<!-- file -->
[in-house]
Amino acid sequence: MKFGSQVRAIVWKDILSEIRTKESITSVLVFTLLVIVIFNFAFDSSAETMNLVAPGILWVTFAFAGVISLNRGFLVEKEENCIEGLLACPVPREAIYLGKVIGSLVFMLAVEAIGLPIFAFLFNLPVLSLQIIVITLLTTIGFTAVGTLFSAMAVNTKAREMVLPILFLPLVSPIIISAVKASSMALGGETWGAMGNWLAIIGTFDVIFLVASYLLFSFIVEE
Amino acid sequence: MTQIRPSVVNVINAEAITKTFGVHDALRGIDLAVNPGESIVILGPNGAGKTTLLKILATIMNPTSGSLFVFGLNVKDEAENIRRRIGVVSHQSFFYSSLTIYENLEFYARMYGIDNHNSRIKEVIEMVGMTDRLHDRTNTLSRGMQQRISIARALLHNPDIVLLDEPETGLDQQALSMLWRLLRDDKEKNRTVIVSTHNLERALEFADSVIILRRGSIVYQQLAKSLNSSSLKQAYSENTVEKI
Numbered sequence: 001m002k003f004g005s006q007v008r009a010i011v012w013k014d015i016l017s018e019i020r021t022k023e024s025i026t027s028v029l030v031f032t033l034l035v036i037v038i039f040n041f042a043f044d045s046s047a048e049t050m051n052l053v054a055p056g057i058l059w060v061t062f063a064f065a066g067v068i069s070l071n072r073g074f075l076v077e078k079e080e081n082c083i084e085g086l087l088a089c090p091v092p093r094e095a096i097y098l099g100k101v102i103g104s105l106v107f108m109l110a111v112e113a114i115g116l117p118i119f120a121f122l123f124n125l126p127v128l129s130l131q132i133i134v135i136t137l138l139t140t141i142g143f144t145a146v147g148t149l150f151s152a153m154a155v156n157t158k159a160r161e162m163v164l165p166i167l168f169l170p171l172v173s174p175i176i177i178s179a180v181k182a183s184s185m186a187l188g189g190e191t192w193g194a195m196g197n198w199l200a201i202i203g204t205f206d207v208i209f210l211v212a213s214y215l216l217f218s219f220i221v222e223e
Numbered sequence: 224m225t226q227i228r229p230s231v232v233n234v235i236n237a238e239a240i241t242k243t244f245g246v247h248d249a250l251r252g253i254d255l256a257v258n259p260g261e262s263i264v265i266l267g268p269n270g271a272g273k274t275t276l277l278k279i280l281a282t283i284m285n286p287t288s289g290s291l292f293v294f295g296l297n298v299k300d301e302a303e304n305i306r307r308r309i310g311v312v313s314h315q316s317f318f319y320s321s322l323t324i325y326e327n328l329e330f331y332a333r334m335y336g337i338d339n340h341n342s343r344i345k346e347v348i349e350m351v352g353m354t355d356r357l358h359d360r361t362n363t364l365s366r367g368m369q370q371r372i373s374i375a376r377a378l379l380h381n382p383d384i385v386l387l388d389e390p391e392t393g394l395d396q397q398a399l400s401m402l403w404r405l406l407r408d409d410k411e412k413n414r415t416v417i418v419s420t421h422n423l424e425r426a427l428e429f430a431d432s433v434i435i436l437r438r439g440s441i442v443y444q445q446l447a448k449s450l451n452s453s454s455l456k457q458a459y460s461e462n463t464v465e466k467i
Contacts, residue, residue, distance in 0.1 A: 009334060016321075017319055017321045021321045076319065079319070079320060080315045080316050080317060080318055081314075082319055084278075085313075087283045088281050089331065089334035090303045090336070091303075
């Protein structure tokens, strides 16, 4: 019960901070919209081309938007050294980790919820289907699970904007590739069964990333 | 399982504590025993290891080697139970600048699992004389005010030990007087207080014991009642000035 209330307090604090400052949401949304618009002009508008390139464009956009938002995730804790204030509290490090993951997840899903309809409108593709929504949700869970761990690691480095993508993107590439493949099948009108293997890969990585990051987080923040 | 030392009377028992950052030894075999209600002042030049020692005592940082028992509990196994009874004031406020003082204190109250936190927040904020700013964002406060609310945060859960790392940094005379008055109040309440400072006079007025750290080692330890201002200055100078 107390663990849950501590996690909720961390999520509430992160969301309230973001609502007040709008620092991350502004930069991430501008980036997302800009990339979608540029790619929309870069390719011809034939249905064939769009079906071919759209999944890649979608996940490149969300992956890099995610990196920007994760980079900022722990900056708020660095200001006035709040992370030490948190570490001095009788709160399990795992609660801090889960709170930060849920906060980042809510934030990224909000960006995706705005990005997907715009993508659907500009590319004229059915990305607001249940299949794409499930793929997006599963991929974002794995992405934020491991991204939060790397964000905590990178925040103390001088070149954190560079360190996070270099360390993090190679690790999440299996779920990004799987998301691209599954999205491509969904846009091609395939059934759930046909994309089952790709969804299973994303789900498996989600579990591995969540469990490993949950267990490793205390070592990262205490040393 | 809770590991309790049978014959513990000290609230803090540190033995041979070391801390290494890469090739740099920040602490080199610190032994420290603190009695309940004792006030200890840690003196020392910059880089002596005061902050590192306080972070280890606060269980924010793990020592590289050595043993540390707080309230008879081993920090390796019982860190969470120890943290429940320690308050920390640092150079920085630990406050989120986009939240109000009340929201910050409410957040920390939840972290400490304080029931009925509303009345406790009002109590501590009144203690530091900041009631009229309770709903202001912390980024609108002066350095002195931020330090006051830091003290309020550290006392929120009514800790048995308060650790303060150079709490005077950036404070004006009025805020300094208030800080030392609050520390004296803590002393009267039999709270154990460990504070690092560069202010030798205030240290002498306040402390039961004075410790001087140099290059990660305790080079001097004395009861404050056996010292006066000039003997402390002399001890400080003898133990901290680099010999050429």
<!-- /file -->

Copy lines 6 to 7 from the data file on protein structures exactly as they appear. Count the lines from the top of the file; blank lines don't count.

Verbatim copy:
Contacts, residue, residue, distance in 0.1 A: 009334060016321075017319055017321045021321045076319065079319070079320060080315045080316050080317060080318055081314075082319055084278075085313075087283045088281050089331065089334035090303045090336070091303075
């Protein structure tokens, strides 16, 4: 019960901070919209081309938007050294980790919820289907699970904007590739069964990333 | 399982504590025993290891080697139970600048699992004389005010030990007087207080014991009642000035 209330307090604090400052949401949304618009002009508008390139464009956009938002995730804790204030509290490090993951997840899903309809409108593709929504949700869970761990690691480095993508993107590439493949099948009108293997890969990585990051987080923040 | 030392009377028992950052030894075999209600002042030049020692005592940082028992509990196994009874004031406020003082204190109250936190927040904020700013964002406060609310945060859960790392940094005379008055109040309440400072006079007025750290080692330890201002200055100078 107390663990849950501590996690909720961390999520509430992160969301309230973001609502007040709008620092991350502004930069991430501008980036997302800009990339979608540029790619929309870069390719011809034939249905064939769009079906071919759209999944890649979608996940490149969300992956890099995610990196920007994760980079900022722990900056708020660095200001006035709040992370030490948190570490001095009788709160399990795992609660801090889960709170930060849920906060980042809510934030990224909000960006995706705005990005997907715009993508659907500009590319004229059915990305607001249940299949794409499930793929997006599963991929974002794995992405934020491991991204939060790397964000905590990178925040103390001088070149954190560079360190996070270099360390993090190679690790999440299996779920990004799987998301691209599954999205491509969904846009091609395939059934759930046909994309089952790709969804299973994303789900498996989600579990591995969540469990490993949950267990490793205390070592990262205490040393 | 809770590991309790049978014959513990000290609230803090540190033995041979070391801390290494890469090739740099920040602490080199610190032994420290603190009695309940004792006030200890840690003196020392910059880089002596005061902050590192306080972070280890606060269980924010793990020592590289050595043993540390707080309230008879081993920090390796019982860190969470120890943290429940320690308050920390640092150079920085630990406050989120986009939240109000009340929201910050409410957040920390939840972290400490304080029931009925509303009345406790009002109590501590009144203690530091900041009631009229309770709903202001912390980024609108002066350095002195931020330090006051830091003290309020550290006392929120009514800790048995308060650790303060150079709490005077950036404070004006009025805020300094208030800080030392609050520390004296803590002393009267039999709270154990460990504070690092560069202010030798205030240290002498306040402390039961004075410790001087140099290059990660305790080079001097004395009861404050056996010292006066000039003997402390002399001890400080003898133990901290680099010999050429």